What kind of consumer gives up on a whole range of cold snacks just because the temperature drops from a breezy 75 to a chilly 50? Gutless cowards, that's who. No associate of mine, I can tell you. In fact, I increase my consumption of colder foods during the winter in order to promote internal homeostasis. That's science. (Not really, but eating high caloric foods such as ice cream does warm up your body, which is a plus in the winter.)
And that's why I have particular respect and admiration for Molly Moon's. In defiance of prevailing attitudes about cold foods, the local ice creamery unveiled four new flavors deep in the heart of December. I taste-tested them to make sure they weren't poison, and to prevent you from holding up the line while you try everything to figure out which of the new flavors is good, only to ultimately revert back to your go-to flavor, which, in my case, if you're wondering, is coffee with the ground bits in it.
The brand new flavors—concocted by Molly Moon's chefs from all over Seattle—are Rose Milk Tea, Blood Orange RGB Sherbet, Red Velvet, and Vegan Golden Milk.
I will tell you now: the one that sounds the weirdest is the best. The Vegan Golden Milk, created by Alex Strosahl at the U-Village location, tastes exactly like the trendy latte it's named for. Cinnamony, black peppery, coconuty, and almost froth-silky in texture. I've had decent creams that didn't require the suffering of animals, but this one takes the cake.
SPEAKING OF CAKE. I also tried a mint chip ice cream cake from Ice Box. They're selling their wares inside Molly Moon's stores while they look for a more permanent place. I hope they find one, because they make a fine ice cream cake, which is hard to do. Ice Box opts for a denser, almost brownie-like cake, avoiding the sponge-like dryness that can be so pervasive in the genre. The relatively high cake-to-ice cream ratio gives the ice cream a starring role without forcing it to carry the whole show, which is ideal. I don't like a big gloop of refrozen ice cream on a cake cracker, that's for certain. And this isn't that.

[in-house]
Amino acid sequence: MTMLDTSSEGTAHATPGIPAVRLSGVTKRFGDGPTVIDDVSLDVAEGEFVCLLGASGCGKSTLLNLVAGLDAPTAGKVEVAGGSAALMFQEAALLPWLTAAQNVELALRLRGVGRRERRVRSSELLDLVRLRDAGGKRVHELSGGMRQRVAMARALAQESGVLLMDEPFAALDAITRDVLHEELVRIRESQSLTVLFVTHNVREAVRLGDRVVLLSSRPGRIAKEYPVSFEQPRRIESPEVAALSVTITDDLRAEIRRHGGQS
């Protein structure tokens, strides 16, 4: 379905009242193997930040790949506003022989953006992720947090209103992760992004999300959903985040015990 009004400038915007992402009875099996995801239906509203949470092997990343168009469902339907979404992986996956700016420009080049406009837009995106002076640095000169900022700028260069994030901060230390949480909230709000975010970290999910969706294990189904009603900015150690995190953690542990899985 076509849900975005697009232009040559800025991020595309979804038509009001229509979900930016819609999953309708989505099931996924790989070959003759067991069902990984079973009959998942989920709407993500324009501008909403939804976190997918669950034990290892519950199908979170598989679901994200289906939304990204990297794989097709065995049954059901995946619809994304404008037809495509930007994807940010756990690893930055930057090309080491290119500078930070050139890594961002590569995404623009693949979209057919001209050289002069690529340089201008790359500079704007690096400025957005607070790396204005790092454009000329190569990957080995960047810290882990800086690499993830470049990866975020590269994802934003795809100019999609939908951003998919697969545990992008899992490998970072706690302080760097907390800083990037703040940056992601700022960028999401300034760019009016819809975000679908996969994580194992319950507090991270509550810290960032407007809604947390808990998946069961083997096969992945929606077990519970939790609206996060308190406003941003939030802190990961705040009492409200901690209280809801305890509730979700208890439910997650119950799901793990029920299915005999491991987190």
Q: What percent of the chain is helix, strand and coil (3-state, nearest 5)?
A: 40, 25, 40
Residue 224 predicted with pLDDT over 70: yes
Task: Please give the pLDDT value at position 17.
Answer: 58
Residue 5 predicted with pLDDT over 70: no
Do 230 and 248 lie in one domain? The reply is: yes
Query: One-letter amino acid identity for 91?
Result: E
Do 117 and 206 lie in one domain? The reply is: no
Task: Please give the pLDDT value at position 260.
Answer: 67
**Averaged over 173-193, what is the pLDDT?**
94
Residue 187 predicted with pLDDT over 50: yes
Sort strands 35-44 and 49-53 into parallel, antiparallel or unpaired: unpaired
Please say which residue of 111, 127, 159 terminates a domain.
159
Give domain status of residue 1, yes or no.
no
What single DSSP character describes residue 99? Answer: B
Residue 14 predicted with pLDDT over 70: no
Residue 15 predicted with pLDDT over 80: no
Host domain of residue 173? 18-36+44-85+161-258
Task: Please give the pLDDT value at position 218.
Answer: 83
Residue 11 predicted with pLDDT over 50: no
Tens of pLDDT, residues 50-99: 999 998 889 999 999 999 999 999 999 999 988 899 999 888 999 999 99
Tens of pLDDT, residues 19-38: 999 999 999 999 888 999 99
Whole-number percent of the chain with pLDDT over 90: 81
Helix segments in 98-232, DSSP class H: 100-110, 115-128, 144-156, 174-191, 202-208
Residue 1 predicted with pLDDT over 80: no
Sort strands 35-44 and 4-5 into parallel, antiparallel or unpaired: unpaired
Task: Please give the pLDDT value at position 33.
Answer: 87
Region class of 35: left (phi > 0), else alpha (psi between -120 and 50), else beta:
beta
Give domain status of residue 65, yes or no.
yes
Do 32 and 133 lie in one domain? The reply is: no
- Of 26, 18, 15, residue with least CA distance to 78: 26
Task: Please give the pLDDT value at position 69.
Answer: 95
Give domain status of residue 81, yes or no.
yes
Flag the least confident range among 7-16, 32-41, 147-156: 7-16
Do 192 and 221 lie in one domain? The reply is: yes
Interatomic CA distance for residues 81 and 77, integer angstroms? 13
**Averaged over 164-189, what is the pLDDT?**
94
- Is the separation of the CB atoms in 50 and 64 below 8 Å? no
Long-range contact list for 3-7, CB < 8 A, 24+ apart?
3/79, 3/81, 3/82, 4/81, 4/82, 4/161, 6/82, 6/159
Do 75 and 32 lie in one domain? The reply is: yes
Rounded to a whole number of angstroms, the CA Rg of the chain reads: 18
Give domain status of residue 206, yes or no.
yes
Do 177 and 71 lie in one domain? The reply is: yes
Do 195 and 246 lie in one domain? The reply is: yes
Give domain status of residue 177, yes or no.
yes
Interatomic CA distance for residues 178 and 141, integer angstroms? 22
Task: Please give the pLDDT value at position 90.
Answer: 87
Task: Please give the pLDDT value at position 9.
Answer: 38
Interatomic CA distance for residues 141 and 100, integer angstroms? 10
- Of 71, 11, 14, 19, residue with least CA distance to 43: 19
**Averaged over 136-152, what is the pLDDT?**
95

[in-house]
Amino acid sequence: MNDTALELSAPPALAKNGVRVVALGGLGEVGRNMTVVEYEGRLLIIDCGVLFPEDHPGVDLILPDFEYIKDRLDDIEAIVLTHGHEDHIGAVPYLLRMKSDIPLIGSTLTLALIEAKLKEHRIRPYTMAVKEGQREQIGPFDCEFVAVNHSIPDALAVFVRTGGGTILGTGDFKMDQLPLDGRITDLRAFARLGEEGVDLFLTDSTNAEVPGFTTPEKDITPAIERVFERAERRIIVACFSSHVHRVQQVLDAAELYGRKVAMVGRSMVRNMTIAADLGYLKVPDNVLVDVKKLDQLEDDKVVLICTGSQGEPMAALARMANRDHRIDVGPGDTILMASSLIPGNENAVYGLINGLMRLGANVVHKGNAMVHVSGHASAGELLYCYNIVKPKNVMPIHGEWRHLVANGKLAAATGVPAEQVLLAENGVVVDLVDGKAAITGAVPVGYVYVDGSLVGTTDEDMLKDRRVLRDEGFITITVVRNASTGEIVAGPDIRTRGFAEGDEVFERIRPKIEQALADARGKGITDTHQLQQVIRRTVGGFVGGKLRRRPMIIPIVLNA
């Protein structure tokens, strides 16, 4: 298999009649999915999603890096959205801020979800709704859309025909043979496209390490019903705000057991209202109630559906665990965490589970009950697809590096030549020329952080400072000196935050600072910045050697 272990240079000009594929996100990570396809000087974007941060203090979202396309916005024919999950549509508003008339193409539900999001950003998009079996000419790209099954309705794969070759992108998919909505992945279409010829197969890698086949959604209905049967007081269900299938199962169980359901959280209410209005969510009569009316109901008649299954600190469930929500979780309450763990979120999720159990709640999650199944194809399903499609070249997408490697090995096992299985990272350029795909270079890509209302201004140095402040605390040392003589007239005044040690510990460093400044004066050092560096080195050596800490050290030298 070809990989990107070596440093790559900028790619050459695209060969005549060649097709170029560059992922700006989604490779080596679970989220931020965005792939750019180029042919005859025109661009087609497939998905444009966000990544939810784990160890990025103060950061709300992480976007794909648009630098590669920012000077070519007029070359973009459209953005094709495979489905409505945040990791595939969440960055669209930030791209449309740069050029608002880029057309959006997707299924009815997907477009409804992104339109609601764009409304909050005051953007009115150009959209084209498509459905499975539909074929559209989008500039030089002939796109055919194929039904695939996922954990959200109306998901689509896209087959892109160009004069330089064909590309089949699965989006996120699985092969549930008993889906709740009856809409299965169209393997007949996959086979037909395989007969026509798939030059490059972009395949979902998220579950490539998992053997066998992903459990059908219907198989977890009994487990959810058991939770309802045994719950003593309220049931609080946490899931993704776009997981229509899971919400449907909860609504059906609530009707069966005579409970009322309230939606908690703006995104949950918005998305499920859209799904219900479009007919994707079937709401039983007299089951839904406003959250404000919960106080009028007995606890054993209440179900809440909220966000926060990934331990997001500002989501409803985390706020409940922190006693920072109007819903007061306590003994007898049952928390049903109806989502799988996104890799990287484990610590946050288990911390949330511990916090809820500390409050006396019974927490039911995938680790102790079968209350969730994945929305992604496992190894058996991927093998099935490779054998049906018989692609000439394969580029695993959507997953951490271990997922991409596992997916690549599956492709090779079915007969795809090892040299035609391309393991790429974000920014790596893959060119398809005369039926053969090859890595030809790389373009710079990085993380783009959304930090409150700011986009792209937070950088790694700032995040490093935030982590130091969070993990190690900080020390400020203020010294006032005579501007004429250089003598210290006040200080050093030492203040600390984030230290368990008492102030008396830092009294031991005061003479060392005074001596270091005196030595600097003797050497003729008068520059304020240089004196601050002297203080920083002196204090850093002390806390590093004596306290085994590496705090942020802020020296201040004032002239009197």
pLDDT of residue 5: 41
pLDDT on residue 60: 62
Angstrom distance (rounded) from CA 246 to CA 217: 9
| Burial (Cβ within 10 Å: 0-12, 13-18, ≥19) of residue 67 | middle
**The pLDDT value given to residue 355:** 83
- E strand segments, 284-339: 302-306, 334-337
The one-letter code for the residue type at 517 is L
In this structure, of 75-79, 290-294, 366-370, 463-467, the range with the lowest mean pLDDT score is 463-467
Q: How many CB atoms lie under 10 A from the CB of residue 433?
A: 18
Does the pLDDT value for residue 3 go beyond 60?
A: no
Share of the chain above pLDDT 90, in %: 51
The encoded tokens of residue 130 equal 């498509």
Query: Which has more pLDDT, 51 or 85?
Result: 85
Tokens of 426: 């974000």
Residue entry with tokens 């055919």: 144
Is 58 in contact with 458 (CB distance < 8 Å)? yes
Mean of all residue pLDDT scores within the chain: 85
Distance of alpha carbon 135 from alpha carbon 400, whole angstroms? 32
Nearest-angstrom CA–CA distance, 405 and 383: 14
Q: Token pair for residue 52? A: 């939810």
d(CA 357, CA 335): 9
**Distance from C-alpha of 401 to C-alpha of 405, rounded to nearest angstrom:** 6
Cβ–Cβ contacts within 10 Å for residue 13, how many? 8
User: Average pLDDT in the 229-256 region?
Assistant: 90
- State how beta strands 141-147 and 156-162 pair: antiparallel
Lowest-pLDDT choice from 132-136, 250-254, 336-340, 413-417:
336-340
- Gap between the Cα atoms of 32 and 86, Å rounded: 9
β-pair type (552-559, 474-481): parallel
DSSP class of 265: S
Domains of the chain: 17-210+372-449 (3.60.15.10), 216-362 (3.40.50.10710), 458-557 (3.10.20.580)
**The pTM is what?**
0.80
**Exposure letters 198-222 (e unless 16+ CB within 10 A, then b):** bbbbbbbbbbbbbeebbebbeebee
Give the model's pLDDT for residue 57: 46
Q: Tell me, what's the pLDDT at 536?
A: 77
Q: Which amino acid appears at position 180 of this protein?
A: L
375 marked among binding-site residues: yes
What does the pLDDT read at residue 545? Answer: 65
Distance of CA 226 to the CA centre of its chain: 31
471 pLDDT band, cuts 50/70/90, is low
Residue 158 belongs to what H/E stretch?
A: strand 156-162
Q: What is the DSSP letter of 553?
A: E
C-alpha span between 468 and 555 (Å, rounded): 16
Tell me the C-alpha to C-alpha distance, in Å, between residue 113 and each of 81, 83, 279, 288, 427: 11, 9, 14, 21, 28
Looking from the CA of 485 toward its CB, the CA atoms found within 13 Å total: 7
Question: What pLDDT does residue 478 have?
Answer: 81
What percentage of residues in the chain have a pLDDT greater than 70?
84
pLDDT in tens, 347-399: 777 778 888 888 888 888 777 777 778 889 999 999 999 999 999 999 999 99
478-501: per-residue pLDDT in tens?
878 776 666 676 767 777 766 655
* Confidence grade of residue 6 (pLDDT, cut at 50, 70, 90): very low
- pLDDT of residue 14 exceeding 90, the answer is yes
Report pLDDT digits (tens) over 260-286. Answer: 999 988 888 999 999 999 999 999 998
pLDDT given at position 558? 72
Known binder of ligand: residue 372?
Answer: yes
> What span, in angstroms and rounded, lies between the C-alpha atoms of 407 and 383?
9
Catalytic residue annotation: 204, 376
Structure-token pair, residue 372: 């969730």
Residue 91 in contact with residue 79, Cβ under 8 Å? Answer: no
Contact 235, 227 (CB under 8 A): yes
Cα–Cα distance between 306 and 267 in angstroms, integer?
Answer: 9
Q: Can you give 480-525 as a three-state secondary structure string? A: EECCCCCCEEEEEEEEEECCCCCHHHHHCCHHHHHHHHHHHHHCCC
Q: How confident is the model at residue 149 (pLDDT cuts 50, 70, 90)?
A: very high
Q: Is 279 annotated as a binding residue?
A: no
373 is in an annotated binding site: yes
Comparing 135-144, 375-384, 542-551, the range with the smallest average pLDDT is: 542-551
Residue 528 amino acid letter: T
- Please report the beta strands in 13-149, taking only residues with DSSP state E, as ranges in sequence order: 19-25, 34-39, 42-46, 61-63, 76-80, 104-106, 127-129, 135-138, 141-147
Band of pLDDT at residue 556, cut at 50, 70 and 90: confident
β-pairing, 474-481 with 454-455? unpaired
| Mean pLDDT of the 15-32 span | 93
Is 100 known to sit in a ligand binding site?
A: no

Okay, back to the four new flavors.
I also liked Molly Moon's other beverage-inspired ice cream. The Blood Orange RGB Sherbet tasted like an ice cream float made with its namesake soda. It's somehow slightly effervescent, with an orange flavor that makes its argument late into the tasting experience.
Cooks steep rose petals in tea to make the Rose Milk Tea flavor, but it doesn't really taste like roses—at least not initially! As with many tea creams, the flavor is too subtle for me to really differentiate it from the power of the sweet cream base, but after it kinda melts a little the rose flavor asserts itself. The tea flavor becomes more pronounced when trying it alongside other ice creams, so I recommend pairing this flavor with others—maybe the Meyer Lemon—for an optimal rosy tea cream experience.
Though I love red velvet cake, I wasn't the biggest fan of the red velvet ice cream. It tastes like melted cream cheese icing to me, and it also has the semi-sickly-sweet creaminess I detect in cheap strawberry ice creams. Not for me!
You may have noticed that each of these creams contains a color of the sun. Rose, Orange, Red, Golden. That seems to be a coincidence, but it's a happy one. At the tasting, head chef Heather Hodge told me that there's a direct correlation between the emergence of the sun and increased foot traffic at Molly Moon's locations. If the sun comes out, then people in Seattle get ice cream. No matter the time of year. If we get a few sunny days in February, the reduced staff struggles to serve the influx of customers. Conversely, everyone avoids the shop in summer when smoke occludes the sun. With these news flavors, you'll be able to have a scoop of sun whenever you want one. It'll be a cold scoop of sun, but sun nonetheless.
Here's a recipe from Molly Moon's for hot buttered rum. I strongly dislike rum, but I had half a cup of this and enjoyed it immensely.